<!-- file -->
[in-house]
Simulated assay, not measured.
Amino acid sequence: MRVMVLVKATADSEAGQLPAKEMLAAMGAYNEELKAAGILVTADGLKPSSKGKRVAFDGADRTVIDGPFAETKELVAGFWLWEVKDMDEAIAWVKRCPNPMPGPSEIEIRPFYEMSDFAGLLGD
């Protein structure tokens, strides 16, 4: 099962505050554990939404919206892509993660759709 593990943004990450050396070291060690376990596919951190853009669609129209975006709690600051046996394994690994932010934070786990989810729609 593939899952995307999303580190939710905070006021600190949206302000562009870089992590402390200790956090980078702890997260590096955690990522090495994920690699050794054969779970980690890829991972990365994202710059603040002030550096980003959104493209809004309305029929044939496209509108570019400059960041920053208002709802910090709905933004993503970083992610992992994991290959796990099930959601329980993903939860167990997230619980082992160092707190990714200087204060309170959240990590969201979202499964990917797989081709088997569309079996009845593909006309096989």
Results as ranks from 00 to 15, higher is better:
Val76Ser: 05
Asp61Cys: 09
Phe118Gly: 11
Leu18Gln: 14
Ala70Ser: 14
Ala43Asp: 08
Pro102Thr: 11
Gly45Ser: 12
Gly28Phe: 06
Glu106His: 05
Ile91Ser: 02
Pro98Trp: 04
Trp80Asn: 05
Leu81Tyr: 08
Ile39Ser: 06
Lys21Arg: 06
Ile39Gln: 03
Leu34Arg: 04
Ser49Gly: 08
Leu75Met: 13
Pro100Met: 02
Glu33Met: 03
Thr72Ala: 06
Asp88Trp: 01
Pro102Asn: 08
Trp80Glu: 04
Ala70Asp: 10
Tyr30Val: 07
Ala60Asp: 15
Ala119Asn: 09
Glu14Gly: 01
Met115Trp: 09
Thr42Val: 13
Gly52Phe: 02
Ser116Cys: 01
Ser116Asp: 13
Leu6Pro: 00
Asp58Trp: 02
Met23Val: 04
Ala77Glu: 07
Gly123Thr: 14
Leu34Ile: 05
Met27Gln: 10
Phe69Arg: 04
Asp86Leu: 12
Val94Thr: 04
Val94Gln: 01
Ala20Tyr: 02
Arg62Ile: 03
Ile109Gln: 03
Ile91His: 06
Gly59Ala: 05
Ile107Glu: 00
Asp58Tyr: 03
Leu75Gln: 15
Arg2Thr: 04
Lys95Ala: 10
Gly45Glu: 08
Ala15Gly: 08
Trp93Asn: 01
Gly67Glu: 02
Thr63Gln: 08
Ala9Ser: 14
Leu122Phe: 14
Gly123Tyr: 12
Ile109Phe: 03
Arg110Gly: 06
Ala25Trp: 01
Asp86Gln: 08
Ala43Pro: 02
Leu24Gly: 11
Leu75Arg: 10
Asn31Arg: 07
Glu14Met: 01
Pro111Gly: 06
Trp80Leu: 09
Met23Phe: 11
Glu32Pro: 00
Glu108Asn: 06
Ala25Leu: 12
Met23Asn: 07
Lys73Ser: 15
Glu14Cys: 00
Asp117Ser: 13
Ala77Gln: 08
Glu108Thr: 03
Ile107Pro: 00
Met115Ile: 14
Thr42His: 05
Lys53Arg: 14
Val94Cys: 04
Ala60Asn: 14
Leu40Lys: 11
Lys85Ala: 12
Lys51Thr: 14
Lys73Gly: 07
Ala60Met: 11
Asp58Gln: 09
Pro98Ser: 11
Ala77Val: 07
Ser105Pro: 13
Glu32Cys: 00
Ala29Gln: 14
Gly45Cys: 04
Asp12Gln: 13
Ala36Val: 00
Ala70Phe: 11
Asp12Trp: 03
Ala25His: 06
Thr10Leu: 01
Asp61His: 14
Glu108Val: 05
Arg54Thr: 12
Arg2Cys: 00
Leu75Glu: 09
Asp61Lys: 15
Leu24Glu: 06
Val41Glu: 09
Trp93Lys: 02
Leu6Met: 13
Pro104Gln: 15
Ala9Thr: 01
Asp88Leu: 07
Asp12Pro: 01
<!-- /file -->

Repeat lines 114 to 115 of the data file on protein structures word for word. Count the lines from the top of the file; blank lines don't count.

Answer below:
Ala25His: 06
Thr10Leu: 01